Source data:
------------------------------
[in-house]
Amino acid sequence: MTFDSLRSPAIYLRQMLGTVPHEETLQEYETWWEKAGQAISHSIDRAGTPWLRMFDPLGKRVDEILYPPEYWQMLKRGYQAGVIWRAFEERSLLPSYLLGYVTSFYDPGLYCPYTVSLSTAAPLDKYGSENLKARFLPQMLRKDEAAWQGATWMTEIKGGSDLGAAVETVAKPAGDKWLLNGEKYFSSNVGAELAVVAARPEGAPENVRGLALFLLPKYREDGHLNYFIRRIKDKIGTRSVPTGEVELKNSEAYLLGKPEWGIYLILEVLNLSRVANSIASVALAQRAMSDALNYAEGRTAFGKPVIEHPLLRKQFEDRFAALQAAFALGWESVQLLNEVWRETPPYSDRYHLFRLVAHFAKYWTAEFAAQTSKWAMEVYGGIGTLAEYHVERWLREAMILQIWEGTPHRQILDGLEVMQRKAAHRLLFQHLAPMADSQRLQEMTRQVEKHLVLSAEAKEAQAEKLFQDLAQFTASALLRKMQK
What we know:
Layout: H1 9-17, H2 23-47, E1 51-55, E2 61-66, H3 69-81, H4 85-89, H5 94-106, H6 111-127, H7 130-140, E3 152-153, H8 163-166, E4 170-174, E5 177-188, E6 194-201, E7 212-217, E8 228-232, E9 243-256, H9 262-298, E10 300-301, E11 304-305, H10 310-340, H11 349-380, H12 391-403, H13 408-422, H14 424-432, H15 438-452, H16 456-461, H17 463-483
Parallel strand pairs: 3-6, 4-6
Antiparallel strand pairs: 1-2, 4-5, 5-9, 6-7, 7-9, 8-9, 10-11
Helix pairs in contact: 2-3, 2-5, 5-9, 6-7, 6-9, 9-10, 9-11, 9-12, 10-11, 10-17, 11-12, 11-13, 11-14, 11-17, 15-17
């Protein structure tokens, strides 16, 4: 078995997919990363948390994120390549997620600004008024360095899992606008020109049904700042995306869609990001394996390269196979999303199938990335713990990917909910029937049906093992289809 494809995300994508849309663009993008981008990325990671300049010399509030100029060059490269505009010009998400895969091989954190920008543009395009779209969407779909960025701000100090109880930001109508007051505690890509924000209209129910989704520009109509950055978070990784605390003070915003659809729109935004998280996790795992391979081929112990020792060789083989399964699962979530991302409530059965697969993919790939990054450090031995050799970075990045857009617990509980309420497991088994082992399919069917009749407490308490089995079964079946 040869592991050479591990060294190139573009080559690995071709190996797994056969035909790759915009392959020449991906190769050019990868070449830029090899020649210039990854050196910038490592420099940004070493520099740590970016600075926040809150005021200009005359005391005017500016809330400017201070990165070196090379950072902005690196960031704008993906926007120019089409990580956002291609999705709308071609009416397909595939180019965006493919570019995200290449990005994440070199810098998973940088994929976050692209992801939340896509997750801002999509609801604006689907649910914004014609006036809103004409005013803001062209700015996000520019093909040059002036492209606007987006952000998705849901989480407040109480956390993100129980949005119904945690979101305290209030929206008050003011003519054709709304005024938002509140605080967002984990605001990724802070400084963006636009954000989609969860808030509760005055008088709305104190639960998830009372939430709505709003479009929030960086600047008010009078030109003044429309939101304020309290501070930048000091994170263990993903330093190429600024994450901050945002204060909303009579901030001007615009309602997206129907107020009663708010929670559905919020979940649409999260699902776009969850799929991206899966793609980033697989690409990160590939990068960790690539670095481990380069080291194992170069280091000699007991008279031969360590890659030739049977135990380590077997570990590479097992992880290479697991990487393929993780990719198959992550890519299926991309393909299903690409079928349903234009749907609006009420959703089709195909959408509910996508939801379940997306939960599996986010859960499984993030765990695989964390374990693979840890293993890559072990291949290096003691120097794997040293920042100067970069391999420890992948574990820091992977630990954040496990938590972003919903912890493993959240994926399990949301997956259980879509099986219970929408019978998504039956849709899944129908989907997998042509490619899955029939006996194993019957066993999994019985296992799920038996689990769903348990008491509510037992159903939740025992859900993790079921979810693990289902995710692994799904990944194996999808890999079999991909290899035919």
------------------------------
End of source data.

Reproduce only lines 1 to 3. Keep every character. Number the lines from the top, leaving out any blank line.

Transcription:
[in-house]
Amino acid sequence: MTFDSLRSPAIYLRQMLGTVPHEETLQEYETWWEKAGQAISHSIDRAGTPWLRMFDPLGKRVDEILYPPEYWQMLKRGYQAGVIWRAFEERSLLPSYLLGYVTSFYDPGLYCPYTVSLSTAAPLDKYGSENLKARFLPQMLRKDEAAWQGATWMTEIKGGSDLGAAVETVAKPAGDKWLLNGEKYFSSNVGAELAVVAARPEGAPENVRGLALFLLPKYREDGHLNYFIRRIKDKIGTRSVPTGEVELKNSEAYLLGKPEWGIYLILEVLNLSRVANSIASVALAQRAMSDALNYAEGRTAFGKPVIEHPLLRKQFEDRFAALQAAFALGWESVQLLNEVWRETPPYSDRYHLFRLVAHFAKYWTAEFAAQTSKWAMEVYGGIGTLAEYHVERWLREAMILQIWEGTPHRQILDGLEVMQRKAAHRLLFQHLAPMADSQRLQEMTRQVEKHLVLSAEAKEAQAEKLFQDLAQFTASALLRKMQK
What we know: